In Uganda, a new bill threatens to make homosexuality punishable by death. David Kato - Uganda's first openly gay man - and his fellow activists work against the clock to defeat the ... See full summary »
A film about an unfinished film which portrays the people behind and before the camera in the Warsaw Ghetto, exposing the extent of the cinematic manipulation forever changing the way we look at historic images.
Since 1978, Anvil has become one of heavy metal's most influential yet commercially unsuccessful acts. In 2006, after a fledging European tour Anvil sets out to record their thirteenth album and continue to follow their dreams.
Steve 'Lips' Kudlow,
"Afghan Star" is a TV show modeled on the UK's "Pop Idol." We join the 2008 contest when it's down to nine contestants, and we focus on two women, Setara and Lema, and two men, Hameed and Rafi. We watch the two women in particular: Satara sings with emotion and includes dance in her final performance, an action that puts her life in danger; Lema is traditional, but her very appearance brings death threats. The three finalists are from different tribes, and each makes a plea for Afghan unity. The camera visits families watching the competition, there are comments from people in the street, and we return home with a nervous Setara. In Afghanistan, singing is an expression of freedom. Written by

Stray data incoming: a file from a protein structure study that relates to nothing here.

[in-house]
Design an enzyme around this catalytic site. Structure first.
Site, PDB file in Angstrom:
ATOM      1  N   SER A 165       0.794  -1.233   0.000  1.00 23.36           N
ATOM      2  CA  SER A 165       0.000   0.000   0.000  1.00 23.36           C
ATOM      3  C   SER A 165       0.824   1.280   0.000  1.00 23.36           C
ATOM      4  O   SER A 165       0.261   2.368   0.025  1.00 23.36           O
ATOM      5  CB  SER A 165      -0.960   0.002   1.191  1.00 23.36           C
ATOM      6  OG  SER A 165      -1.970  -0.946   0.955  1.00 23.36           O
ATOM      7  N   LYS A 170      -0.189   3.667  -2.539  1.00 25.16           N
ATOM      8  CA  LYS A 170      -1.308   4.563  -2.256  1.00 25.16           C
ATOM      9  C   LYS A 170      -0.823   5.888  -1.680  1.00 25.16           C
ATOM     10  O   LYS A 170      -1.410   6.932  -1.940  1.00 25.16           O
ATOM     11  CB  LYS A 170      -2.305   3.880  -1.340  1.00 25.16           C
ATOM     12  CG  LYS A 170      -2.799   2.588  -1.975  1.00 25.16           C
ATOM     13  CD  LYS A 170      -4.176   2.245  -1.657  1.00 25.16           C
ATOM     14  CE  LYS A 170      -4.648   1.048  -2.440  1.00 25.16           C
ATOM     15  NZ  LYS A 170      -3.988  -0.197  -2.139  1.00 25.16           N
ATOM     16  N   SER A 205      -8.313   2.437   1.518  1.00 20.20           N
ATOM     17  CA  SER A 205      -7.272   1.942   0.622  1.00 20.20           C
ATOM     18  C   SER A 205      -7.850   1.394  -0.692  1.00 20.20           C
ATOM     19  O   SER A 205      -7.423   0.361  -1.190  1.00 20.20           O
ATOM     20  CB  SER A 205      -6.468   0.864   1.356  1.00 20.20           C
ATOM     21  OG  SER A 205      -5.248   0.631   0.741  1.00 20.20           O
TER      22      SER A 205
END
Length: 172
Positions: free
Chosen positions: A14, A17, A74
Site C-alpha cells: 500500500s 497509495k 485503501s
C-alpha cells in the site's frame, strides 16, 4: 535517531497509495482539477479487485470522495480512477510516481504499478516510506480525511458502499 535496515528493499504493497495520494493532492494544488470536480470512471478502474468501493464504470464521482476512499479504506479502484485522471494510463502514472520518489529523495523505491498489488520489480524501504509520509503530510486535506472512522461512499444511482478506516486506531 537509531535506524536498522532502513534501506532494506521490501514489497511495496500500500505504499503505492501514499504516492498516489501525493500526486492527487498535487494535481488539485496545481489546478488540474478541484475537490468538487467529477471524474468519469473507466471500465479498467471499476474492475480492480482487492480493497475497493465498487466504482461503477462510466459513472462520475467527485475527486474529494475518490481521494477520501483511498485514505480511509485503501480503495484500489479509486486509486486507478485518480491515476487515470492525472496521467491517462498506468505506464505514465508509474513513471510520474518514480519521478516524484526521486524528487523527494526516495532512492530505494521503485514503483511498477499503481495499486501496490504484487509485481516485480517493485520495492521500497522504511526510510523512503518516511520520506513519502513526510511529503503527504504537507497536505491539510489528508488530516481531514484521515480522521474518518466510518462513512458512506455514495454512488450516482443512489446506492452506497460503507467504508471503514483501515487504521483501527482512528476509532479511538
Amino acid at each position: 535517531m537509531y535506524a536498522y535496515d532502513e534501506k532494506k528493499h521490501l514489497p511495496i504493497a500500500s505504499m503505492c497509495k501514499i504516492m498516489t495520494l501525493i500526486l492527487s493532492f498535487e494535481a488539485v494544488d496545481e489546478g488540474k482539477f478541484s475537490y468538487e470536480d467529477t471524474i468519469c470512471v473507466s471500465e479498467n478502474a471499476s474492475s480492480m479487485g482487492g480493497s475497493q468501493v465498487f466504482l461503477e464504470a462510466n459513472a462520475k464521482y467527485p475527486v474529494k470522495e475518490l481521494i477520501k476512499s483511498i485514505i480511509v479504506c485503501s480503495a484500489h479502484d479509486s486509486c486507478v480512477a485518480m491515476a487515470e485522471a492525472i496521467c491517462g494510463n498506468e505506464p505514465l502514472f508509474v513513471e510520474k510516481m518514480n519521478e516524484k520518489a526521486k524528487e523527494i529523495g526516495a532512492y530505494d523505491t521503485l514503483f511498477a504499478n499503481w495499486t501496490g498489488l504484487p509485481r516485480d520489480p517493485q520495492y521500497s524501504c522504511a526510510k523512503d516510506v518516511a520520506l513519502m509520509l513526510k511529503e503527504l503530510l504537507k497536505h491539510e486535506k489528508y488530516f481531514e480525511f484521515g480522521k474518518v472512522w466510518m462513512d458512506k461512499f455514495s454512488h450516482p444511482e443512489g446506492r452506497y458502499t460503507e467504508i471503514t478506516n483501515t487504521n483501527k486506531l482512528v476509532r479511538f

Most of us are familiar with the images of Afghanistan at war, or under the Taliban; but until the rebellion against the Soviet invasion, the country was a relatively modern state, at least in the capital. As the nation attempts to find peace after decades of conflict, 'Afghan Star' follows the screening of a 'Pop Idol' style television program, apparently gripping the nation. The show is hardly racy by Western standards; indeed, with men in dodgy suits and understandably limited production values, the program feels as if it could have been made in the 1970s, before the wars started. But what we see in this film is how strikingly, and tragically, Afghanistan has moved backwards in the intervening years; and how a latent national enthusiasm for having fun is pitched against a deep set religiosity, sometimes within the same individuals. When one of the female contestants takes off her headscarf to sing, one feels a little uneasy; as an outsider, one can only guess at the true nature of the risks she is taking. In my own country, I tend to decry this kind of cheap entertainment, and there's a sense in which the reactionaries have a point when they lament the invasion of foreign culture; but they offer only regression and ignorance as an alternative. Yet when the popular enthusiasm for voting for a favourite star seems in part driven by the sense of futility in voting in elections, one fears that the dark days may not yet be over.
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